4 lessons from a 97-year-old real-estate agent
More than 7 decades in the business have given him wisdom; he shares a few gems.
Buy a house today if you can, but don't sell one if you don't have to, says George W. Johnson, a 97-year-old real-estate agent who has been working the Seattle market since 1936.
Johnson, who is reluctant to call himself America's oldest real-estate agent — he says he just learned of a 99-year-old broker in Florida — has seen his share of housing booms and busts since he hung his first real-estate shingle 74 years ago.
"I've been through a lot of these ups and downs," he says, remembering the property boom that followed World War II, as well as the deep downturn in the 1970s when Seattle's biggest employer, Boeing, laid off thousands of workers.
Through it all, Johnson says he has learned many enduring lessons. Chief among them: After every housing recession, the market has "gone higher than the one before." You have to have the stomach to hang on through all of the twists and turns, he says.
This market a 'baby' compared to days past
Johnson wasn't always a real-estate guy. He was born to a farming family in South Dakota on Dec. 22, 1912, and moved to Seattle at the height of the Great Depression to attend college and pursue a teaching career. To make ends meet, Johnson juggled three jobs at one time. He delivered milk for a while. "Whatever you could do to get by with, you did it."
Then, in 1936, he started dabbling in real estate. Unemployment hovered around 30%, soup lines stretched around blocks, homelessness was rampant.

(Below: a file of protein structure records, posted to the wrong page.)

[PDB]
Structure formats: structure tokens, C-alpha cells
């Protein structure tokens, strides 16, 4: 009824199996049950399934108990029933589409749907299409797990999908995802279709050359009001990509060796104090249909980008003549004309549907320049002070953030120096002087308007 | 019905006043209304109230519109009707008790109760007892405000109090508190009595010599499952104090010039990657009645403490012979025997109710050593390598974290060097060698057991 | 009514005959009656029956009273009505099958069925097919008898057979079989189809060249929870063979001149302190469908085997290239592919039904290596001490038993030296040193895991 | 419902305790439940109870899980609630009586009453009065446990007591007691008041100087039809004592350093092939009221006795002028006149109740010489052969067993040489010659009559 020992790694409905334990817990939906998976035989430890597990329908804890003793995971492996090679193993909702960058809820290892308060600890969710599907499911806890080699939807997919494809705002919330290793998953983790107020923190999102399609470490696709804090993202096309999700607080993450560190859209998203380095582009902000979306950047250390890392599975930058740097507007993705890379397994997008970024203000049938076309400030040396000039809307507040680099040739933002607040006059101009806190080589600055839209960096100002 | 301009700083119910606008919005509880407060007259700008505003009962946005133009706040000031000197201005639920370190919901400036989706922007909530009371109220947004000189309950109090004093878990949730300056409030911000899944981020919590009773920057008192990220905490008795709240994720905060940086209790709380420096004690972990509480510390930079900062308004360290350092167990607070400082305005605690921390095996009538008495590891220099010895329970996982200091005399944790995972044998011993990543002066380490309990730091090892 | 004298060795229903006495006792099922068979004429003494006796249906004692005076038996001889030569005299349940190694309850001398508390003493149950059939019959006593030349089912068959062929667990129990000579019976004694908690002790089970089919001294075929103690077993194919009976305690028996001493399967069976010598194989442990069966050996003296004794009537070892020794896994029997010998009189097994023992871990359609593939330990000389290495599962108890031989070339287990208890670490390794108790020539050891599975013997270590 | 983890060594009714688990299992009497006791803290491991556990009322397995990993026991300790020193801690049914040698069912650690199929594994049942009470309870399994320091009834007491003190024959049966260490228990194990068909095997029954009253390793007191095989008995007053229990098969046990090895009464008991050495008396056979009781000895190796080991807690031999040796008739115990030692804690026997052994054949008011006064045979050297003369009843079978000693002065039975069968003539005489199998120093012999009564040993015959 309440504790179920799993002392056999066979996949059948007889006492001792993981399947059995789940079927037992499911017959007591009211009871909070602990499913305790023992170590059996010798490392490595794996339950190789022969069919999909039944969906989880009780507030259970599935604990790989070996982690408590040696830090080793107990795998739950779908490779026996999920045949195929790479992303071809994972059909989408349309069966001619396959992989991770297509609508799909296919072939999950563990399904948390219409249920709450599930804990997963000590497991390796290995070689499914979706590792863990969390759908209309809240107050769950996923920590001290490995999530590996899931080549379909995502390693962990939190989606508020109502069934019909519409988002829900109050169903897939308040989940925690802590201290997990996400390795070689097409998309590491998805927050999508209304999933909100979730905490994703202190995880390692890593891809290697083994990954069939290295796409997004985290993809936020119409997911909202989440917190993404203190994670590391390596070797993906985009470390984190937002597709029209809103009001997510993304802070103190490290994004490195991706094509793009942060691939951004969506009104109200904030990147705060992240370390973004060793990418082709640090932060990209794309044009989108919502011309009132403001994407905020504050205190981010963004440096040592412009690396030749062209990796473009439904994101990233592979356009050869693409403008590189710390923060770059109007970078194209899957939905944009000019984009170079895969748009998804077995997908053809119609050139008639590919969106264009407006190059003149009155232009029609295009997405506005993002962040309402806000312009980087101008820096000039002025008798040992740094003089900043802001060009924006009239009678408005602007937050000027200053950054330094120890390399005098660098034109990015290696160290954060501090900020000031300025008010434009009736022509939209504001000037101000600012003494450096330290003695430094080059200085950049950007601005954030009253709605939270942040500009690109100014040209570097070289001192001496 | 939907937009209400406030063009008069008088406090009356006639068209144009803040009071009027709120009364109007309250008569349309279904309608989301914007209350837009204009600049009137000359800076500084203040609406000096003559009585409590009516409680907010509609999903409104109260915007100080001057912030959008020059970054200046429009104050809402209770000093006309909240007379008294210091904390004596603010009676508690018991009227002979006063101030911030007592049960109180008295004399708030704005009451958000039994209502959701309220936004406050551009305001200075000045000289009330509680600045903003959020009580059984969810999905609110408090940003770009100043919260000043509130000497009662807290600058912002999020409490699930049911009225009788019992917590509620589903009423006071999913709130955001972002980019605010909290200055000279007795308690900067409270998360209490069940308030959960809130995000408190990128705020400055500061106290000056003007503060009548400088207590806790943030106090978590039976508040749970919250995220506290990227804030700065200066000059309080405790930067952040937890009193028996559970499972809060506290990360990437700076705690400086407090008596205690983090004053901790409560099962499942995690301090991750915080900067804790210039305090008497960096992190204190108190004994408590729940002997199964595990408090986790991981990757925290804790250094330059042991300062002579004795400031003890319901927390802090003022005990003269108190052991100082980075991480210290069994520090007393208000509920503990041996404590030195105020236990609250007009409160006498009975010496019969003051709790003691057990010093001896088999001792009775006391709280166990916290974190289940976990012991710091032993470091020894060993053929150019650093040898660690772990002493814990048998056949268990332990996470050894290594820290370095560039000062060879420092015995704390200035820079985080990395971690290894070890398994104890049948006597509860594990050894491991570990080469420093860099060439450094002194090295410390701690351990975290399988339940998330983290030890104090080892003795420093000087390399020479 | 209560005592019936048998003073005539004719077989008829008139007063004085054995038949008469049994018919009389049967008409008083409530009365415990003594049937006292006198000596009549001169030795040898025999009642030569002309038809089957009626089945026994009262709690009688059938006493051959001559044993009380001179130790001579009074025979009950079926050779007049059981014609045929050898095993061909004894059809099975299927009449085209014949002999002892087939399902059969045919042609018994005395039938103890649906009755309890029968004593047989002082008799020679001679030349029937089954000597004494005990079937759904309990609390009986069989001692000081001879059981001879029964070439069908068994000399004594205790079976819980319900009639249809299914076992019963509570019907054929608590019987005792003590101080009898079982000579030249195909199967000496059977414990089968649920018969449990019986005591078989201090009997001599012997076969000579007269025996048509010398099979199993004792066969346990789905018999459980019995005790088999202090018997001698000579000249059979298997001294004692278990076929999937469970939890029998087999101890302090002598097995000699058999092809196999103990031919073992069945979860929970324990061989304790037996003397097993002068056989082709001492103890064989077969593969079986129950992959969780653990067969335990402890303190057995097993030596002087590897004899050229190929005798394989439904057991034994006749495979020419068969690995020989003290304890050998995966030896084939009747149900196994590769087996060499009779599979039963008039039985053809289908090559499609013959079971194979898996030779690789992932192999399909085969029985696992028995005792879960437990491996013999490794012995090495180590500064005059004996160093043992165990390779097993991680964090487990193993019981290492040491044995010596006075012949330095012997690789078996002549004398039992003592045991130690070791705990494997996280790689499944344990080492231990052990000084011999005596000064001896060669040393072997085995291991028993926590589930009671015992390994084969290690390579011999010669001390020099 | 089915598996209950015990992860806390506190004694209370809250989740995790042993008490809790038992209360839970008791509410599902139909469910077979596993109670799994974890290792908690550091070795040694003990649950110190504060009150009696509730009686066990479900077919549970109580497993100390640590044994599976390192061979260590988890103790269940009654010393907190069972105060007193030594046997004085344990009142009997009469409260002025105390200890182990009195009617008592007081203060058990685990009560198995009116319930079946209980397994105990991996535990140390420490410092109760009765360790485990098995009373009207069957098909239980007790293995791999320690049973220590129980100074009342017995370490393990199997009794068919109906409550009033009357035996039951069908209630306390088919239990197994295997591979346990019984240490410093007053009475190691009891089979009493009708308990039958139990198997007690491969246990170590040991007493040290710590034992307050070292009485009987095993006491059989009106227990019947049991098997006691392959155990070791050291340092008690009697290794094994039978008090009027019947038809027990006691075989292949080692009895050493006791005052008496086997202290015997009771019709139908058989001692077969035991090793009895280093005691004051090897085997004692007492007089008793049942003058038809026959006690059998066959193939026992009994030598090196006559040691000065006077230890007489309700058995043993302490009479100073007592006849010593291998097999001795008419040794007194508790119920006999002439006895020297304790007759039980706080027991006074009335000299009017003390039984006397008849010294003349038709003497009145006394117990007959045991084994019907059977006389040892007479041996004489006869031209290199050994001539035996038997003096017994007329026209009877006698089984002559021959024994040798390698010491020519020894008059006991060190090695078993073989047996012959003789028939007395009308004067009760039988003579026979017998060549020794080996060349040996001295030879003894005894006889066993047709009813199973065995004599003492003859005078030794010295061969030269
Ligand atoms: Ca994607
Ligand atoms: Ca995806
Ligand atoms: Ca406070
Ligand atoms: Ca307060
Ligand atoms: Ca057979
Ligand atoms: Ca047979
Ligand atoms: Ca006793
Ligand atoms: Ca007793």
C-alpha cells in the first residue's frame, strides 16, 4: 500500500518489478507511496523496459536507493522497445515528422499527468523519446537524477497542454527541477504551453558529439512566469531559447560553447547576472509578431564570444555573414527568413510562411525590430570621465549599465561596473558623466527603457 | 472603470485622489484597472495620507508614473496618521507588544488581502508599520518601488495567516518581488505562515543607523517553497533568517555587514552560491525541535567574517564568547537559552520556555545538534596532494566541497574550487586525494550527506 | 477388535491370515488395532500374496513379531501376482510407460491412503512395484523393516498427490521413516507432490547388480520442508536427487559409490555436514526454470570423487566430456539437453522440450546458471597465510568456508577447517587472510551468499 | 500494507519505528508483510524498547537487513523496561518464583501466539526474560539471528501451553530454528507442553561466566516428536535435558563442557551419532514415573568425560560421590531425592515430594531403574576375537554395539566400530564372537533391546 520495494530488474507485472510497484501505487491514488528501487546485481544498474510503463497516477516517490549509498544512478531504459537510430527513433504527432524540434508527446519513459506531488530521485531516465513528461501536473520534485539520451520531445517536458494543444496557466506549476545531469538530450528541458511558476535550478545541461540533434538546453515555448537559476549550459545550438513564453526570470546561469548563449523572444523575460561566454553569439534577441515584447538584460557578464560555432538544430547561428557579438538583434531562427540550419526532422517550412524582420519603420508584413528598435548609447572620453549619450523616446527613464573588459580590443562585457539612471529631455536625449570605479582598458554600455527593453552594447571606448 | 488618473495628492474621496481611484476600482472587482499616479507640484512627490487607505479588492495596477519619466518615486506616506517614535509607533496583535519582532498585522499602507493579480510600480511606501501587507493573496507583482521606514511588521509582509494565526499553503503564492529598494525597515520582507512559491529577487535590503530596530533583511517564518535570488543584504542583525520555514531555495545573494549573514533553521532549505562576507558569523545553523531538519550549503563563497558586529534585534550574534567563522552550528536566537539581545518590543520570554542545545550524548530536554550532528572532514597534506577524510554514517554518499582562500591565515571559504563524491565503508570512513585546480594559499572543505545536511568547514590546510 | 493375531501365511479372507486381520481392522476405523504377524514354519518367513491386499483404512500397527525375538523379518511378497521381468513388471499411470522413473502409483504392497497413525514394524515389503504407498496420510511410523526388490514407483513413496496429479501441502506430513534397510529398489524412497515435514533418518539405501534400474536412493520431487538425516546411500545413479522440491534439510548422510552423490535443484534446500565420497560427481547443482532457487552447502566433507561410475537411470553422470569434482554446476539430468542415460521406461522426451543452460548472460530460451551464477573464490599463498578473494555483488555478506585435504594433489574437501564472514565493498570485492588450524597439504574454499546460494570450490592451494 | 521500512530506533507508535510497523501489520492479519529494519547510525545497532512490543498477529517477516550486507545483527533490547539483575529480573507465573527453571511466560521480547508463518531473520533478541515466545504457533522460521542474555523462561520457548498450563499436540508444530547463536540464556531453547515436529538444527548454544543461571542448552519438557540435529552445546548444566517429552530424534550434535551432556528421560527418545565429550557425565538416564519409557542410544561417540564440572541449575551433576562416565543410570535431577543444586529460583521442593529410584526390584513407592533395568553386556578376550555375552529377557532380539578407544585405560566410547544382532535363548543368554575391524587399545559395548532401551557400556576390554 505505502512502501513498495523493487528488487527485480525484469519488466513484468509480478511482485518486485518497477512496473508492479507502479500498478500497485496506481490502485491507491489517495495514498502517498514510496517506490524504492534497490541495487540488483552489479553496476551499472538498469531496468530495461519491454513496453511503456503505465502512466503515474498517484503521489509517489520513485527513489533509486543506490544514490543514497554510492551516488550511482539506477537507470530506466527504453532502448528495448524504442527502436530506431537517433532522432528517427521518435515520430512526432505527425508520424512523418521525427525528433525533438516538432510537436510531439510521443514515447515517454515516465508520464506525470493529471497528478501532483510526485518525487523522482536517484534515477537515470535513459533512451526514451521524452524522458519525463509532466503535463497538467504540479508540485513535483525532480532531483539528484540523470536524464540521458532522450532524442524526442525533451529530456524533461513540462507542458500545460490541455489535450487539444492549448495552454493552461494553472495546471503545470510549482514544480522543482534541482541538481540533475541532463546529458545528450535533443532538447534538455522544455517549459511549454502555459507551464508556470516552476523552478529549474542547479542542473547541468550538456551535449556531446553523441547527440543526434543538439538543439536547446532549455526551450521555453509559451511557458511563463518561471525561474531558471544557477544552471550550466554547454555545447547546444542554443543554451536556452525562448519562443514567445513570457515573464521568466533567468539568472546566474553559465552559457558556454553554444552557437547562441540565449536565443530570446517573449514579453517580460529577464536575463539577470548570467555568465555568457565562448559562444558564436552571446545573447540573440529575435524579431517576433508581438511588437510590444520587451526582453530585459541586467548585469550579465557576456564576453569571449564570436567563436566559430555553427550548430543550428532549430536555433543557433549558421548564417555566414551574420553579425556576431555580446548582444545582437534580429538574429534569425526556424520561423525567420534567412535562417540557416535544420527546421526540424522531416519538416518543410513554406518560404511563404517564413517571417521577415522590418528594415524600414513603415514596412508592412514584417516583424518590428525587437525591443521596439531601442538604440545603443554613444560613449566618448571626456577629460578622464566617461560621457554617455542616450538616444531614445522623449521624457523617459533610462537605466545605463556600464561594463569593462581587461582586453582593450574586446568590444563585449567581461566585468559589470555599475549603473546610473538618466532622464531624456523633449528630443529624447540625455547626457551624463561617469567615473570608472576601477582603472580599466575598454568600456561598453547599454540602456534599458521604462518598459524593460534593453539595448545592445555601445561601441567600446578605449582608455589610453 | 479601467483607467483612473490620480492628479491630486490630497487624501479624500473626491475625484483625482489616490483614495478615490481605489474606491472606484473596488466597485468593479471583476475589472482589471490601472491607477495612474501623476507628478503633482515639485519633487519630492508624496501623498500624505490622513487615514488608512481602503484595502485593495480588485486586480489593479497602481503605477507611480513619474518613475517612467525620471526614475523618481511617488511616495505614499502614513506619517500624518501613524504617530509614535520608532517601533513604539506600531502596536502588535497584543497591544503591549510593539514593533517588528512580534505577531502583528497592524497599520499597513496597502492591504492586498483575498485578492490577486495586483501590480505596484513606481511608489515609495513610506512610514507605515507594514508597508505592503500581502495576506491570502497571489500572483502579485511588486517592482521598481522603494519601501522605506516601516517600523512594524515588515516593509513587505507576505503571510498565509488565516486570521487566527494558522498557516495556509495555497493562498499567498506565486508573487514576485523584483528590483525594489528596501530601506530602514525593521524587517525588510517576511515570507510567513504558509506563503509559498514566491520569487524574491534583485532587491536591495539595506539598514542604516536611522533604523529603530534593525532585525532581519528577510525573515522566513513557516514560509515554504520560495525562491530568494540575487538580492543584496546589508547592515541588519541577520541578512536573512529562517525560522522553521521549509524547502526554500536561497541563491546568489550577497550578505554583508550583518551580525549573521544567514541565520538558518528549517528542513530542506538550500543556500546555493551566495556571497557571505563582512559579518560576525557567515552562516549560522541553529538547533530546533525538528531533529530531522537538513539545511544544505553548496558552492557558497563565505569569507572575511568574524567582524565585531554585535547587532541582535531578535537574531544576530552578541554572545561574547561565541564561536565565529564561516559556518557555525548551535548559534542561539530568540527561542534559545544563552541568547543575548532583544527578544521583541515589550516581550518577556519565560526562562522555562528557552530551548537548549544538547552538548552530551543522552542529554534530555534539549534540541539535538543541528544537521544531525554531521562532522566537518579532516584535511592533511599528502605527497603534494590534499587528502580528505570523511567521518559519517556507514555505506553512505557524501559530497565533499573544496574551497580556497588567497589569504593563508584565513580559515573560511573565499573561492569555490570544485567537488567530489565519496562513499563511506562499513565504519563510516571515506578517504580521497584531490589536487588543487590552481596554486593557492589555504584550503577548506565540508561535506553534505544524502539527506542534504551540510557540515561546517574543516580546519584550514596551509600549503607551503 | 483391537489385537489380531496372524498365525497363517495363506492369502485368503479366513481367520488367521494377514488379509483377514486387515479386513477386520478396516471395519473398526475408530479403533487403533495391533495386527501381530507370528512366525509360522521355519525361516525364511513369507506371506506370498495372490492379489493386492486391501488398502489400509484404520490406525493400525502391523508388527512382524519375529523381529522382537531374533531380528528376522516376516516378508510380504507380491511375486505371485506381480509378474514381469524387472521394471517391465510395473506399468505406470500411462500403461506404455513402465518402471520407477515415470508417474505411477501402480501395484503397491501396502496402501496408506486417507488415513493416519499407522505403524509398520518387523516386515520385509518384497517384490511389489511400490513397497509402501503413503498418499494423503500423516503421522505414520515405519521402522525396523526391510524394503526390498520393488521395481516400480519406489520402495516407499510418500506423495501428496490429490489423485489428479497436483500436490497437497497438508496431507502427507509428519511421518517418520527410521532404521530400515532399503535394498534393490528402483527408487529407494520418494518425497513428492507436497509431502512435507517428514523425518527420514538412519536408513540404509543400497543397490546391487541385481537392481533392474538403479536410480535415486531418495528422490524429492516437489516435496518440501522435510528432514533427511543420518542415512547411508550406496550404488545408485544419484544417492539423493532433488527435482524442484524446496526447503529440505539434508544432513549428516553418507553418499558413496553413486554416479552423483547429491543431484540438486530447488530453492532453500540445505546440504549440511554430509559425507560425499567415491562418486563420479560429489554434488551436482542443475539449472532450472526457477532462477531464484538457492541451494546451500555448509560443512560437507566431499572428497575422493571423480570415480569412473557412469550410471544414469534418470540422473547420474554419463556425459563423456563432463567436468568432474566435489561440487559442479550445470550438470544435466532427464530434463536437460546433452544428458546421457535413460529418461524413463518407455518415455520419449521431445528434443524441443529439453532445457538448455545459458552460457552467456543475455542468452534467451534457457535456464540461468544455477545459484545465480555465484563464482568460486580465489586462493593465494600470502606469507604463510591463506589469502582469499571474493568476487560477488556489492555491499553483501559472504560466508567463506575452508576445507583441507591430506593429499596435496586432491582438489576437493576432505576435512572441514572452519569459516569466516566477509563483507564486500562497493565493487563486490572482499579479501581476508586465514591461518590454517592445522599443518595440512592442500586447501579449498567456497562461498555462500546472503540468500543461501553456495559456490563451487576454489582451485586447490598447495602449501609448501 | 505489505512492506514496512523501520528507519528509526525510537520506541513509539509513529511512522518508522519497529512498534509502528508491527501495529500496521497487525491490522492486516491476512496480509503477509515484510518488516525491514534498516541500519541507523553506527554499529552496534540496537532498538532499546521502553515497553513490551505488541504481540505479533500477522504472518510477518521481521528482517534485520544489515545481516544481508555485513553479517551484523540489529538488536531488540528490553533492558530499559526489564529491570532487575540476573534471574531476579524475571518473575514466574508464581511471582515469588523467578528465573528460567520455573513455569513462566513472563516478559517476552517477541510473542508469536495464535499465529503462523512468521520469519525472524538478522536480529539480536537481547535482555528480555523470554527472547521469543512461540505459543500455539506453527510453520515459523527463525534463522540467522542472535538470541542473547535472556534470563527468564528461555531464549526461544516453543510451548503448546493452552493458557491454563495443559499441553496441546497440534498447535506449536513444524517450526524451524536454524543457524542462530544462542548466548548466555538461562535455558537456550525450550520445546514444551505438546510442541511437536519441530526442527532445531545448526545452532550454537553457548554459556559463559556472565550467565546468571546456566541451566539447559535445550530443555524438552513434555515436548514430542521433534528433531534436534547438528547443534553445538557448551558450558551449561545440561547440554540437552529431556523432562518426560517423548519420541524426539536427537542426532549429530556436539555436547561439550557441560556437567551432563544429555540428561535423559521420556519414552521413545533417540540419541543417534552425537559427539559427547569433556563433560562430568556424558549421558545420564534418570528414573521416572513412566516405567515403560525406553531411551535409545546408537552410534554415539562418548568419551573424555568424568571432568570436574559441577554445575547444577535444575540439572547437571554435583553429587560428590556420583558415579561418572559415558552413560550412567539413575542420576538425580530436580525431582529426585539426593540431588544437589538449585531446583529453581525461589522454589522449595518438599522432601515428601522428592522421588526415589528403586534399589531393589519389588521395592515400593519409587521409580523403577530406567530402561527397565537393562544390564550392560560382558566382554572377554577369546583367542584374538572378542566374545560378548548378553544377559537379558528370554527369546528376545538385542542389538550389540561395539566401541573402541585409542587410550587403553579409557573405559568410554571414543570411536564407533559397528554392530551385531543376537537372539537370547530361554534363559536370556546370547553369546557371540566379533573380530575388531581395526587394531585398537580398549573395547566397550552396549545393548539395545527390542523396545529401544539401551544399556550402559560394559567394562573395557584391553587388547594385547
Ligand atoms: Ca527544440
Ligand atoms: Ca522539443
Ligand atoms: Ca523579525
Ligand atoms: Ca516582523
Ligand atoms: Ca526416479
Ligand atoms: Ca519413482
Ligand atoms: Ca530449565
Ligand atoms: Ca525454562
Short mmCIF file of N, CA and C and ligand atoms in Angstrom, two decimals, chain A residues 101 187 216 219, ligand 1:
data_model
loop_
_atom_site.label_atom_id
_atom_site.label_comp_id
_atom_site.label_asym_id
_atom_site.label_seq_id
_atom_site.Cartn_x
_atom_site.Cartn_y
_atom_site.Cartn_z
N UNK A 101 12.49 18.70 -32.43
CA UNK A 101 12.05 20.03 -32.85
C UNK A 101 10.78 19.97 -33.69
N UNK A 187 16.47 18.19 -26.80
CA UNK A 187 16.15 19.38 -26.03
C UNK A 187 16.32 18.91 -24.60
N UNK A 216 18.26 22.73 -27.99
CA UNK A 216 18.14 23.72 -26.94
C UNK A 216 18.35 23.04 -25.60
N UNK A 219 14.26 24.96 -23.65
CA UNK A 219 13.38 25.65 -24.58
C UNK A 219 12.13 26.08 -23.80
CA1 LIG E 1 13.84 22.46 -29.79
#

"You could have bought the best house in (the Seattle neighborhood of) Ballard for $3,500." Times were tough. The current real-estate market, Johnson says, is "a baby" by comparison.
"In addition to the Depression, we had the drought at the same period, so it was just compounded. You wouldn't believe the things that happened during that period."
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Johnson, a natty dresser who drives himself to work every day — including Saturdays – managed to carve out a niche as a service-oriented agent. When the economy turned at the end of World War II, he opened up his own shop in Ballard, north of downtown. He and his sons have run George W. Johnson Realtors ever since, weathering the ups and downs in the market with confidence that profits are there for the making.
"I've lost a lot of money in a lot of things, but I've never lost in real estate," Johnson says. He remembers selling his first house in the 1930s for about $1,500. "It's probably worth $300,000 now."
4 real-estate tips from Johnson
You can't thrive in the real-estate industry for this long without learning some useful lessons along the way. Here are some of Johnson's pearls of wisdom:
Beware one-company towns: Cities dependent on a single company or industry are more vulnerable to jarring downturns if the economy goes south. The Rust Belt's old factory towns have made that abundantly clear.
The Seattle market turned particularly grim in the late 1960s and early '70s when Boeing, the aerospace giant, laid off more than 60,000 people in the Seattle area. "Boeing was about the only major company we had other than (the University of Washington)," he recalls. "Now we've got a much broader base to help out … it is altogether a different proposition."
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Johnson counsels homebuyers to look beyond real-estate values and investigate an area's fundamental economy before making a purchase.
Don't get greedy. Johnson blames "plain old greed" for the latest real-estate downturn — people got caught up in the enthusiasm of the moment and banks egged them on with cheap loans.